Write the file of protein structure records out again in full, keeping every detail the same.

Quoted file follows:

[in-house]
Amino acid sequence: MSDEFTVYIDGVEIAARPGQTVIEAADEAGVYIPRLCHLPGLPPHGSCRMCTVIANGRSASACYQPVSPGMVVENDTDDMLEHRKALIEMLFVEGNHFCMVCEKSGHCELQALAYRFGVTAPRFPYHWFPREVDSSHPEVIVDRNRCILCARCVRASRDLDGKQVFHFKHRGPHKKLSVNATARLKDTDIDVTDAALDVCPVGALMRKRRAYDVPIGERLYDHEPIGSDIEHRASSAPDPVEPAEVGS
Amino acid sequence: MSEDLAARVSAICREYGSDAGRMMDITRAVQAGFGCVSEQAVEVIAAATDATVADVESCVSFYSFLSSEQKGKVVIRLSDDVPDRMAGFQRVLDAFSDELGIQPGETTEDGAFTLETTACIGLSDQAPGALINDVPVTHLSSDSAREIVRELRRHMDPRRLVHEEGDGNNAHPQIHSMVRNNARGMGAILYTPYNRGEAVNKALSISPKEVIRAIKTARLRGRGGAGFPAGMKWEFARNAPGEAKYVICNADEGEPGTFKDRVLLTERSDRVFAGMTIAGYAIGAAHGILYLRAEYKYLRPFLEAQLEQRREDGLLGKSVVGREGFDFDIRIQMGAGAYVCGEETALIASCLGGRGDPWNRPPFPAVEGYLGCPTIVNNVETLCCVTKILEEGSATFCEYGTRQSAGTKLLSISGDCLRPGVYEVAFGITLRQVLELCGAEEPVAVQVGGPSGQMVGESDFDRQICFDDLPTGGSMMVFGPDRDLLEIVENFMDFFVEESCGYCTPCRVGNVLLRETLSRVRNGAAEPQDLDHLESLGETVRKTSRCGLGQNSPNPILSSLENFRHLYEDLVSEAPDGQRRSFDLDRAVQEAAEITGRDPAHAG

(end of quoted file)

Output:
[in-house]
Amino acid sequence: MSDEFTVYIDGVEIAARPGQTVIEAADEAGVYIPRLCHLPGLPPHGSCRMCTVIANGRSASACYQPVSPGMVVENDTDDMLEHRKALIEMLFVEGNHFCMVCEKSGHCELQALAYRFGVTAPRFPYHWFPREVDSSHPEVIVDRNRCILCARCVRASRDLDGKQVFHFKHRGPHKKLSVNATARLKDTDIDVTDAALDVCPVGALMRKRRAYDVPIGERLYDHEPIGSDIEHRASSAPDPVEPAEVGS
Amino acid sequence: MSEDLAARVSAICREYGSDAGRMMDITRAVQAGFGCVSEQAVEVIAAATDATVADVESCVSFYSFLSSEQKGKVVIRLSDDVPDRMAGFQRVLDAFSDELGIQPGETTEDGAFTLETTACIGLSDQAPGALINDVPVTHLSSDSAREIVRELRRHMDPRRLVHEEGDGNNAHPQIHSMVRNNARGMGAILYTPYNRGEAVNKALSISPKEVIRAIKTARLRGRGGAGFPAGMKWEFARNAPGEAKYVICNADEGEPGTFKDRVLLTERSDRVFAGMTIAGYAIGAAHGILYLRAEYKYLRPFLEAQLEQRREDGLLGKSVVGREGFDFDIRIQMGAGAYVCGEETALIASCLGGRGDPWNRPPFPAVEGYLGCPTIVNNVETLCCVTKILEEGSATFCEYGTRQSAGTKLLSISGDCLRPGVYEVAFGITLRQVLELCGAEEPVAVQVGGPSGQMVGESDFDRQICFDDLPTGGSMMVFGPDRDLLEIVENFMDFFVEESCGYCTPCRVGNVLLRETLSRVRNGAAEPQDLDHLESLGETVRKTSRCGLGQNSPNPILSSLENFRHLYEDLVSEAPDGQRRSFDLDRAVQEAAEITGRDPAHAG